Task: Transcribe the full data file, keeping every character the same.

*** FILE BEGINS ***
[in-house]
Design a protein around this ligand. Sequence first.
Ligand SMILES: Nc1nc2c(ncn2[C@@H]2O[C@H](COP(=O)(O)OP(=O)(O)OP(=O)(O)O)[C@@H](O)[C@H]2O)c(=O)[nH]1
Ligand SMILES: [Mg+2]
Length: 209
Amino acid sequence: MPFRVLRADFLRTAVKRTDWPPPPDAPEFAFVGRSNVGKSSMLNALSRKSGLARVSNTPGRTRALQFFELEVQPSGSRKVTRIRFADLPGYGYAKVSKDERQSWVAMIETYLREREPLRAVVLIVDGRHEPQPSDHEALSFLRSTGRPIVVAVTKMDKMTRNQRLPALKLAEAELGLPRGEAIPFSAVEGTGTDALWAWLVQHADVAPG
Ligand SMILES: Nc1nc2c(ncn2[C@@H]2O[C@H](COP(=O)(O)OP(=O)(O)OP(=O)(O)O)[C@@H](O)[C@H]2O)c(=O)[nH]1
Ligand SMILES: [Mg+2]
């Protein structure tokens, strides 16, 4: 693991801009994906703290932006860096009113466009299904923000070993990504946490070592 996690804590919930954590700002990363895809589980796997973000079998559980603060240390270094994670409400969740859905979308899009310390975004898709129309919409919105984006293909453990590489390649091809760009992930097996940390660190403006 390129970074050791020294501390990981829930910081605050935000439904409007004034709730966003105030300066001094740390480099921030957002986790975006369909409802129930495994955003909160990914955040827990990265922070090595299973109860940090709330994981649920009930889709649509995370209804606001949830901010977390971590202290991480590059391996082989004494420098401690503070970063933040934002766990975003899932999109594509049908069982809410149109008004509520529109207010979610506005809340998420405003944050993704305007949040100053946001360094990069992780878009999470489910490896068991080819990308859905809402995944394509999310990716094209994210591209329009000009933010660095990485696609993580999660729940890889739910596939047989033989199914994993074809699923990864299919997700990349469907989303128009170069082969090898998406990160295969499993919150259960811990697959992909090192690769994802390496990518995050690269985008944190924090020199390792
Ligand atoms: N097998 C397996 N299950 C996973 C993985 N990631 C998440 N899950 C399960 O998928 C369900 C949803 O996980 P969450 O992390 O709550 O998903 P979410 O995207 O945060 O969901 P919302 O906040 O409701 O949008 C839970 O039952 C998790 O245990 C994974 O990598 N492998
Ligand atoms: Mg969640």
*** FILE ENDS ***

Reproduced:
[in-house]
Design a protein around this ligand. Sequence first.
Ligand SMILES: Nc1nc2c(ncn2[C@@H]2O[C@H](COP(=O)(O)OP(=O)(O)OP(=O)(O)O)[C@@H](O)[C@H]2O)c(=O)[nH]1
Ligand SMILES: [Mg+2]
Length: 209
Amino acid sequence: MPFRVLRADFLRTAVKRTDWPPPPDAPEFAFVGRSNVGKSSMLNALSRKSGLARVSNTPGRTRALQFFELEVQPSGSRKVTRIRFADLPGYGYAKVSKDERQSWVAMIETYLREREPLRAVVLIVDGRHEPQPSDHEALSFLRSTGRPIVVAVTKMDKMTRNQRLPALKLAEAELGLPRGEAIPFSAVEGTGTDALWAWLVQHADVAPG
Ligand SMILES: Nc1nc2c(ncn2[C@@H]2O[C@H](COP(=O)(O)OP(=O)(O)OP(=O)(O)O)[C@@H](O)[C@H]2O)c(=O)[nH]1
Ligand SMILES: [Mg+2]
């Protein structure tokens, strides 16, 4: 693991801009994906703290932006860096009113466009299904923000070993990504946490070592 996690804590919930954590700002990363895809589980796997973000079998559980603060240390270094994670409400969740859905979308899009310390975004898709129309919409919105984006293909453990590489390649091809760009992930097996940390660190403006 390129970074050791020294501390990981829930910081605050935000439904409007004034709730966003105030300066001094740390480099921030957002986790975006369909409802129930495994955003909160990914955040827990990265922070090595299973109860940090709330994981649920009930889709649509995370209804606001949830901010977390971590202290991480590059391996082989004494420098401690503070970063933040934002766990975003899932999109594509049908069982809410149109008004509520529109207010979610506005809340998420405003944050993704305007949040100053946001360094990069992780878009999470489910490896068991080819990308859905809402995944394509999310990716094209994210591209329009000009933010660095990485696609993580999660729940890889739910596939047989033989199914994993074809699923990864299919997700990349469907989303128009170069082969090898998406990160295969499993919150259960811990697959992909090192690769994802390496990518995050690269985008944190924090020199390792
Ligand atoms: N097998 C397996 N299950 C996973 C993985 N990631 C998440 N899950 C399960 O998928 C369900 C949803 O996980 P969450 O992390 O709550 O998903 P979410 O995207 O945060 O969901 P919302 O906040 O409701 O949008 C839970 O039952 C998790 O245990 C994974 O990598 N492998
Ligand atoms: Mg969640």